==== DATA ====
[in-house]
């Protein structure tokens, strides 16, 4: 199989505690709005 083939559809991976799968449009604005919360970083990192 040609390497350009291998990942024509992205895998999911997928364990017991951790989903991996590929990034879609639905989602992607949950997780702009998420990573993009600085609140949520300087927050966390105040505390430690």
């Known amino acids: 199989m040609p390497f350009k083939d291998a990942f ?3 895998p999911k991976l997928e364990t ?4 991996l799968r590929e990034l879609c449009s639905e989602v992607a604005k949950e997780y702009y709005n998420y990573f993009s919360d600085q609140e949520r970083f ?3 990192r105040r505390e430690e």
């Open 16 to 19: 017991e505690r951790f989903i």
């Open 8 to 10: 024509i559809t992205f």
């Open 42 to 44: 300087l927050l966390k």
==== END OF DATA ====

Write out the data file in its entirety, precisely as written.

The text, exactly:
[in-house]
């Protein structure tokens, strides 16, 4: 199989505690709005 083939559809991976799968449009604005919360970083990192 040609390497350009291998990942024509992205895998999911997928364990017991951790989903991996590929990034879609639905989602992607949950997780702009998420990573993009600085609140949520300087927050966390105040505390430690």
């Known amino acids: 199989m040609p390497f350009k083939d291998a990942f ?3 895998p999911k991976l997928e364990t ?4 991996l799968r590929e990034l879609c449009s639905e989602v992607a604005k949950e997780y702009y709005n998420y990573f993009s919360d600085q609140e949520r970083f ?3 990192r105040r505390e430690e």
């Open 16 to 19: 017991e505690r951790f989903i």
């Open 8 to 10: 024509i559809t992205f």
């Open 42 to 44: 300087l927050l966390k």